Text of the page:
Here’s my challenge to those who read this. Over the next month, connect with someone knew who is from a different generation than you. Be intentional about it. See what you can give, learn and experience. You’ll probably be glad you did.

Harvard Business Review article on generation-y.  http://hbr.harvardbusiness.org/2009/02/gen-y-in-the-workforce/ar/1

Mark Driscoll of Mars Hill Church in Seattle made some great points about the future church leaders. http://www.youtube.com/watch?v=ZJXpo0xfUnA

Driscoll on the DL

Mark Driscoll, one of my favorite Internet preachers, recently went on CNN with D.L Hughely. The interview was funny and on point. While the conversation went to adult topics, I felt that Mark handled himself well.

Good to see some non-wacko preachers get air time on TV.

http://theresurgence.com/pastor_mark_driscoll_on_cnn

Theater Church Visit

The following is a report I wrote after visiting National Community Church at Union Station in Washington D.C.  I did this little exercise for one of my classes at Union-PSCE.

I would love to hear from others about innovative churches that they have visited or are affiliated with in some way.

Godspeed!

  

 Church at the Movies

 

 

            National Community Church (NCC) in Washington D.C. has taken a novel path to reach the “unchurched and the dechurched” in the nation’s capital. NCC meets in movie theaters and coffee houses that are located near metro stops. These public spaces are out in the marketplace; people are willing to visit these places even though they might never set foot in a traditional church building. Renting public spaces is a long-term part of the church’s outreach strategy, not just an interim solution before the church builds its own megachurch complex.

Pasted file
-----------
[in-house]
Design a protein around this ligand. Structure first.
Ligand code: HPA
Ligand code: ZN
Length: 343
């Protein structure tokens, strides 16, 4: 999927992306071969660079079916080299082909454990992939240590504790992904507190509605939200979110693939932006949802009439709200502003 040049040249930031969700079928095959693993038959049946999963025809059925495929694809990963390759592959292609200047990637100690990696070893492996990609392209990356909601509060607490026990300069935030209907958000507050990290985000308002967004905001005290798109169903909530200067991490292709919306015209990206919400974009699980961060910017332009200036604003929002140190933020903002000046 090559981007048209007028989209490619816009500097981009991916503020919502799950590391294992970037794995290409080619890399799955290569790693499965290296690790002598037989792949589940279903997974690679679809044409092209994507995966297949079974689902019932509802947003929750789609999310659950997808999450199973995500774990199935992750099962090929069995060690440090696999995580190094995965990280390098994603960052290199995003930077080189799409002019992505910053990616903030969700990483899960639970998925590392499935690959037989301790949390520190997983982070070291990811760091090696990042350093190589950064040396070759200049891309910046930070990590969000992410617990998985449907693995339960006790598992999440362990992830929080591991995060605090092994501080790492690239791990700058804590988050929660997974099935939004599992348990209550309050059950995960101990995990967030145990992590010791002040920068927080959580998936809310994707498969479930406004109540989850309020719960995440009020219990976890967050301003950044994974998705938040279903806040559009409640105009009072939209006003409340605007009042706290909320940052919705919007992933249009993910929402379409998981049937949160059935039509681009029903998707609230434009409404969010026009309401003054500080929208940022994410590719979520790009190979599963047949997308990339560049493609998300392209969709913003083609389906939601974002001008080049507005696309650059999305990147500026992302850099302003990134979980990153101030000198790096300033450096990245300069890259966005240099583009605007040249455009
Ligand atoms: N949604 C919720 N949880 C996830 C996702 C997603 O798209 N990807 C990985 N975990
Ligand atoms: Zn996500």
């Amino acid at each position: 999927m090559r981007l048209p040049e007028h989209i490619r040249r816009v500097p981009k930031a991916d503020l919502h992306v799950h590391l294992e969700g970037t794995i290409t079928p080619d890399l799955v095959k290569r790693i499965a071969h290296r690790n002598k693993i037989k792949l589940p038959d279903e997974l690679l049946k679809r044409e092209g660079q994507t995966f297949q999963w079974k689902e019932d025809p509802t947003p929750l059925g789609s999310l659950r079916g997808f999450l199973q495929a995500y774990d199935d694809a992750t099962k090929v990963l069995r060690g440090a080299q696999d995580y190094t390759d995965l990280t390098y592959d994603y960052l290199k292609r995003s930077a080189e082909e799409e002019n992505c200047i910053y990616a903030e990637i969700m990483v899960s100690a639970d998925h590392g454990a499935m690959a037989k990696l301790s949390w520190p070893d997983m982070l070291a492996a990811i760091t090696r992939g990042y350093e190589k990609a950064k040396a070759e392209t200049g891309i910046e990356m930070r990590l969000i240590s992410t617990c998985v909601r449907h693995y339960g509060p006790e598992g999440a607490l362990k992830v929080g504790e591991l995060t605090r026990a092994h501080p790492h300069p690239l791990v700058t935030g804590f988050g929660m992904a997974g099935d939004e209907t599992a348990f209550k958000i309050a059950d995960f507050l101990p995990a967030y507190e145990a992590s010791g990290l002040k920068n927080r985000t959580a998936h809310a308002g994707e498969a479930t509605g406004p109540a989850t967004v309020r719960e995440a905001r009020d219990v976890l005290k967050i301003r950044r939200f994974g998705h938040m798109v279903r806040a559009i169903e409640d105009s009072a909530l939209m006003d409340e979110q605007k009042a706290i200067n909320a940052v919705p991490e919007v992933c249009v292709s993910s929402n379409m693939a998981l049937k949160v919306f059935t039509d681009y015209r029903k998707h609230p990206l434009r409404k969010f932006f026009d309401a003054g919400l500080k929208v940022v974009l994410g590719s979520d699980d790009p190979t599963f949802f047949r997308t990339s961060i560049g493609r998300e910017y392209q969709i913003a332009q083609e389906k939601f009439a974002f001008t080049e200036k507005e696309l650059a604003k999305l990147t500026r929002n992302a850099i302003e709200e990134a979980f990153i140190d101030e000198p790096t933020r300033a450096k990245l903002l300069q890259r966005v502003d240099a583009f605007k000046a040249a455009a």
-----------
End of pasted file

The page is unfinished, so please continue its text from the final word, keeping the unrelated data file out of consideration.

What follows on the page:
I visited NCC’s flagship location at Union Station near the U.S. Capital. The service was easy to find and access from the metro stop in the basement of Union Station. A pleasant, young woman warmly greeted me at the door and handed me a bulletin. Portable signage at the front of the theater indicated the church location. Signs were located throughout the theater complex letting visitors know where to go for various things, such as prayer, visitor information, childcare, etc.

            Just inside the door was a table where greeters warmly interacted with people who desired to know more information about the church. The refreshments stand served free coffee and doughnuts.

            Outside Union Station is a large parking deck. The only problem is that it costs $1 to park if you get your ticket validated by the church. A few blocks away are a lot of parking places on the street. According to NCC, 25% of its regular attenders ride the subway to church. This is quite intentional because NCC as a community encourages people to use public transportation as much as possible.